I’m running an experiment where I store json data in a big (~5KB) text column in Postgres. I wrote functions using plperlu to extract values out of the json using jsonpath expressions (making use of existing json and jsonpath libraries for Perl). I then created functional indexes (using these functions) to avoid having to actually run the functions at query-time (as long as the query has a matching expression). It all works, but performance is not where I’d like it to be. In my test setup it takes ~2 ms to insert the large record. If I add one functional index, it takes ~11 ms. If I add two indexes, it takes ~19 ms. In other words, it takes about 8 ms for each execution of the plperl function. If migrating to 9.x would solve this overhead, awesome. If not, I wonder: are any standard ways to tune or analyze plperl functions?

    thanks!

    –S

    • Yes, there are some plperl performance improvements in Postgres 9.x. You’ll also get more performance by using a Perl that was configured without threads (you may have to build and install a separate perl for that and then configure a build PostgreSQL to use that). Neither will “solve” the overhead, but they’ll reduce it.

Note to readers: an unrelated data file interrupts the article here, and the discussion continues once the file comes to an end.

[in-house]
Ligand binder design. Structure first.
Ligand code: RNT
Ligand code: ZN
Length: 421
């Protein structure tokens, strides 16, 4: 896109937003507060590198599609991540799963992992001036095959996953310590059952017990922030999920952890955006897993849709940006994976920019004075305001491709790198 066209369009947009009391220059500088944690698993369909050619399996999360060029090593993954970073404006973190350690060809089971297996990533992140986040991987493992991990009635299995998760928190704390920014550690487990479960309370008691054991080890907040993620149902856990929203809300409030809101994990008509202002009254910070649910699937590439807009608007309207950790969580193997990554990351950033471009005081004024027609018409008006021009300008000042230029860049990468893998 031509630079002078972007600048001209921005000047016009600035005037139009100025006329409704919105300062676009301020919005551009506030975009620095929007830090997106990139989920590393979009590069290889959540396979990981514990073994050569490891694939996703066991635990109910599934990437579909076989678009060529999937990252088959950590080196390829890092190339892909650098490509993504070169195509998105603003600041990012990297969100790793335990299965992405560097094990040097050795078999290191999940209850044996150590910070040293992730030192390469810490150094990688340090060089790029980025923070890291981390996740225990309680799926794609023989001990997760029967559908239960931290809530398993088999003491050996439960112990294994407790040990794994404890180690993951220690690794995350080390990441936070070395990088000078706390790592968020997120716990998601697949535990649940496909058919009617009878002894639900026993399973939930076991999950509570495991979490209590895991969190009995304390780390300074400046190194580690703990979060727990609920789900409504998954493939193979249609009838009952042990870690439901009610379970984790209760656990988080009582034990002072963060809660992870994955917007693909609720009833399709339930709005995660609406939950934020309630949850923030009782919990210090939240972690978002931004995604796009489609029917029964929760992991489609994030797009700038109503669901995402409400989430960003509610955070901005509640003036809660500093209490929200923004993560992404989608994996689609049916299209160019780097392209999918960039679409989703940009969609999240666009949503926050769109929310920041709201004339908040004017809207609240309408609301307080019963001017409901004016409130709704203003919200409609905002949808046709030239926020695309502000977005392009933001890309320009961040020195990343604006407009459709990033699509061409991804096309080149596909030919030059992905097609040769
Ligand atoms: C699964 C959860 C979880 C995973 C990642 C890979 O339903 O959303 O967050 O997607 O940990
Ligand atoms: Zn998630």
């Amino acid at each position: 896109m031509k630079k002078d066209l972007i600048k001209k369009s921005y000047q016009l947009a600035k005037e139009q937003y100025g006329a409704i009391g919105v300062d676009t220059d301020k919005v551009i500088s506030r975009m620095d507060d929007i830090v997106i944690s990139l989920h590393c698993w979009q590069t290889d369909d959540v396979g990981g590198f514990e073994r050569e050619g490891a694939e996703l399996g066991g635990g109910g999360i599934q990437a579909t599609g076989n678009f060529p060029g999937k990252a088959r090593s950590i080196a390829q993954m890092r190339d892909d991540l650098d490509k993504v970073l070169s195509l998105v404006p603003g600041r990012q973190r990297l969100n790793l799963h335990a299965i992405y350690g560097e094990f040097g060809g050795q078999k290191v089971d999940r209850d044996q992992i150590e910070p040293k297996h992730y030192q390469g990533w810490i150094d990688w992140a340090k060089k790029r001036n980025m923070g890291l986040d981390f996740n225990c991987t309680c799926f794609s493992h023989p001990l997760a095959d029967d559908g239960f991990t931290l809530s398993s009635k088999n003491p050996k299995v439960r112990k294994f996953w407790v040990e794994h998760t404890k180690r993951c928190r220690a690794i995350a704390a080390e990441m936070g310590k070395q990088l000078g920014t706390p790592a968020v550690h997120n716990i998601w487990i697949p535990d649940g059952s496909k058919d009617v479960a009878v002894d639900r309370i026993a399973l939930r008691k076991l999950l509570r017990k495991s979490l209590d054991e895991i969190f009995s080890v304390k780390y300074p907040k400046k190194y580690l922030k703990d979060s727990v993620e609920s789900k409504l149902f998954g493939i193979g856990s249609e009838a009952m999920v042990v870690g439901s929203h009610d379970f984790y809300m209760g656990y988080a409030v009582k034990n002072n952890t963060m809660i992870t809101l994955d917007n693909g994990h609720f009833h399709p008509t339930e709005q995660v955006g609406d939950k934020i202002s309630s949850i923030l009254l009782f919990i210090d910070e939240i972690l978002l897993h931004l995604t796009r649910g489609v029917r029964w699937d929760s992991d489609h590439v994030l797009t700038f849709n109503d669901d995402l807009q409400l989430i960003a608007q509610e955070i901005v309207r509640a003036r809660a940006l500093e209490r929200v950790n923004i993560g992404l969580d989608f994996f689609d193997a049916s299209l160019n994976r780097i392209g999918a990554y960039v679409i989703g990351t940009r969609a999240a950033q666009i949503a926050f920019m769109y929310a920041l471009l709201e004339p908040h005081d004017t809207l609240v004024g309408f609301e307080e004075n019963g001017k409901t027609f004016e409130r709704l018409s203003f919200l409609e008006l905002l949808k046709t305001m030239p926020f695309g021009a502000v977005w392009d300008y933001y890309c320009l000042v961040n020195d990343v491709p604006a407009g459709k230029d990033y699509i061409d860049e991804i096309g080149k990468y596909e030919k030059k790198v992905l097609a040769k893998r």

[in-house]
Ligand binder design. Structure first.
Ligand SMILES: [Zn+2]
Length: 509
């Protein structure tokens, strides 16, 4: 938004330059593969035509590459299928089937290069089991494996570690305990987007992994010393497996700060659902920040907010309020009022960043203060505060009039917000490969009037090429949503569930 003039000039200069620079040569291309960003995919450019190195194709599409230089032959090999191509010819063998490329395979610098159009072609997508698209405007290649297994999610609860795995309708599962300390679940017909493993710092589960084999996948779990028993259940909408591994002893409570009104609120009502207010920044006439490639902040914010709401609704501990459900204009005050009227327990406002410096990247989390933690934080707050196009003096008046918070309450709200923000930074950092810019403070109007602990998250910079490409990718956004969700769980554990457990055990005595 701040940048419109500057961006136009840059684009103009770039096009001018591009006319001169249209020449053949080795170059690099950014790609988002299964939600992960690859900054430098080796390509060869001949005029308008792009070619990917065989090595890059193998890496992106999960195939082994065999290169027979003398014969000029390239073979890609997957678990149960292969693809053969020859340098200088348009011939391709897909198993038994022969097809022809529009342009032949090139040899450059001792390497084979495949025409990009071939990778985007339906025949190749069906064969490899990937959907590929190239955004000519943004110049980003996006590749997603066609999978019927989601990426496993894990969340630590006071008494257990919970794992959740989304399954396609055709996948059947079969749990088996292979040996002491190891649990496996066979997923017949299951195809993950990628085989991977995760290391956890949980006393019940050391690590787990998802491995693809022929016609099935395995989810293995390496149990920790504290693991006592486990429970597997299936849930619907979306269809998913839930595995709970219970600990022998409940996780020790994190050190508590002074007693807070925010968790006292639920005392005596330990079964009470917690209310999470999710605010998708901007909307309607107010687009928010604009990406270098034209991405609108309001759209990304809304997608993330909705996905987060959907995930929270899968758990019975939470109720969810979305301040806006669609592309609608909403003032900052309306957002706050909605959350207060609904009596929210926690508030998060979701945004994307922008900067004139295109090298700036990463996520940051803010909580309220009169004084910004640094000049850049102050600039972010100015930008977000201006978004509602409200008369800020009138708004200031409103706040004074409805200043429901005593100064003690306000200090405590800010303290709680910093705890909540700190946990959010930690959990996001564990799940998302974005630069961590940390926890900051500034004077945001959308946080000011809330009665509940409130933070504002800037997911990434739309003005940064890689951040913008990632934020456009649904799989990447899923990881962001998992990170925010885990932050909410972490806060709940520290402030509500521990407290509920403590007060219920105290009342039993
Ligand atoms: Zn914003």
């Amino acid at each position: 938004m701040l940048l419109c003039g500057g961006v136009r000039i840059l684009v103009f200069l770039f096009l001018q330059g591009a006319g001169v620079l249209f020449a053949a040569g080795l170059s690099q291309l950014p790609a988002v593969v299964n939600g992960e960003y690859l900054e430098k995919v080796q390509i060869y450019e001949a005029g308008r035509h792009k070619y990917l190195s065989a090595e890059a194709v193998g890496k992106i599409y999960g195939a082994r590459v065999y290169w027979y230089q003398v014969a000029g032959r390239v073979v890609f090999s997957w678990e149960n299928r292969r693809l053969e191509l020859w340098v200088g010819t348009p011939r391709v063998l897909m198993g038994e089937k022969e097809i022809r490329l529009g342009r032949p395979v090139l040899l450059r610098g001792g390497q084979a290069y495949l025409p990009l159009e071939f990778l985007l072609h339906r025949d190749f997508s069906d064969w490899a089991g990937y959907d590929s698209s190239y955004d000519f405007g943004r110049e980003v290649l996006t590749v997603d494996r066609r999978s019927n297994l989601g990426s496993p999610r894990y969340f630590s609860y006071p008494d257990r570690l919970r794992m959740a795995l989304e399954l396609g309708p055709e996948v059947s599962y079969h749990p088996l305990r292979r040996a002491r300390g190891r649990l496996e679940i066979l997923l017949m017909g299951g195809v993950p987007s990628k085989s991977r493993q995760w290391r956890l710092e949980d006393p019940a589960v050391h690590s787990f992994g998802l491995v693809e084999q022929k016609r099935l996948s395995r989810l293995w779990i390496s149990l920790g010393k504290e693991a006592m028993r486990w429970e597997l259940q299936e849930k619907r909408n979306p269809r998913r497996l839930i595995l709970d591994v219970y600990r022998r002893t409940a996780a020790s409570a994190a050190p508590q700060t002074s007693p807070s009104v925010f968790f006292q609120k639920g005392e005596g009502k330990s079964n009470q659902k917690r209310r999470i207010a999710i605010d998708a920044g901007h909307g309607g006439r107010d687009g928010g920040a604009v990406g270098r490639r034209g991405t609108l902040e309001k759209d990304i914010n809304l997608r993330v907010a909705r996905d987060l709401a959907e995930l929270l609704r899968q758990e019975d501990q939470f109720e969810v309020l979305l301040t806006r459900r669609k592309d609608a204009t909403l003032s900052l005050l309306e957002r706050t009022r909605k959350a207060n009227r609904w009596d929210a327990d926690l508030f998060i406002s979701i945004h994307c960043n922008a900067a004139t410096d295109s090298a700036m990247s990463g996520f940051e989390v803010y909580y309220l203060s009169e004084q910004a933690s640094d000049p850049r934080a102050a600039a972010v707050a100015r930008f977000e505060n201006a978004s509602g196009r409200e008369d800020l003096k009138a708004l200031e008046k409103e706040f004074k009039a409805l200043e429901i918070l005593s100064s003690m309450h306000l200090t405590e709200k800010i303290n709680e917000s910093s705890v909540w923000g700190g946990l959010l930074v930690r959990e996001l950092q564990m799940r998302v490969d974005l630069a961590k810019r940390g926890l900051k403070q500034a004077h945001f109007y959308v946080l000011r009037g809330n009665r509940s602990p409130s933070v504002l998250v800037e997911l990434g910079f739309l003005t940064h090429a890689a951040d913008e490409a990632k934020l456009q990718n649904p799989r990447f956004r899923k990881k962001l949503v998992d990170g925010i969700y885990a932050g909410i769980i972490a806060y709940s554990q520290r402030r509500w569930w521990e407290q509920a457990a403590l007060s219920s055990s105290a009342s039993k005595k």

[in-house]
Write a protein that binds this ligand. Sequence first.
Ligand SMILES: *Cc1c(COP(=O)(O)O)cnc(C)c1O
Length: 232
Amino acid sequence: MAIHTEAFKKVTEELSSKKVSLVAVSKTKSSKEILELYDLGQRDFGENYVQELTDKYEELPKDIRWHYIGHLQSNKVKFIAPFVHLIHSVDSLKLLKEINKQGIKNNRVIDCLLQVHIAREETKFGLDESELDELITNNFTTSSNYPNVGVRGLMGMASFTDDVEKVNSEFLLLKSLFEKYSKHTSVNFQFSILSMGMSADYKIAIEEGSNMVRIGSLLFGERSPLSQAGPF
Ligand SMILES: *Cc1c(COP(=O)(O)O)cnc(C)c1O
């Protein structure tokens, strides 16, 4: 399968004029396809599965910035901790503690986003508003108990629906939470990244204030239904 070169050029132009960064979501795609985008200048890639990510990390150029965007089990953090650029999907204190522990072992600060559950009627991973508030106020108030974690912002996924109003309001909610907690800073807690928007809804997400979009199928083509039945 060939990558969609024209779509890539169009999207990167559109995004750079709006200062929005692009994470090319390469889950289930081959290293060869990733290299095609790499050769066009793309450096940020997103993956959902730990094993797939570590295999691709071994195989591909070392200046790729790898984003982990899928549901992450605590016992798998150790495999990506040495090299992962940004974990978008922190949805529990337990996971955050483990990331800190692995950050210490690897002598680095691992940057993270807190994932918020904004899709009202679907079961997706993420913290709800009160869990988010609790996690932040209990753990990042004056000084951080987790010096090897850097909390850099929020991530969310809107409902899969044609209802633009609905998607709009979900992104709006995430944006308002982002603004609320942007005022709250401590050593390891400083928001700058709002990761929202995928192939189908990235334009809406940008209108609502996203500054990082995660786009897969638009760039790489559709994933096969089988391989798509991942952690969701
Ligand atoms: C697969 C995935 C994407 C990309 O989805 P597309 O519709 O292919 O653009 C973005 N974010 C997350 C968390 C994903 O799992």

You should also ask for help on the pgsql-performance mailing list (after searching the archives http://archives.postgresql.org/pgsql-performance/)

      Good luck.

      • Thanks Tim!

        I dug in deeper and discovered that the majority of the overhead was attributed to a single line of Perl code used to deserialize the json string into an object. I then discovered the JSON::XS library which reduced the cost dramatically. It appears that in my case the overhead of calling plperl is insignificant compared to the cost of the actual work I’m doing in the plperl function.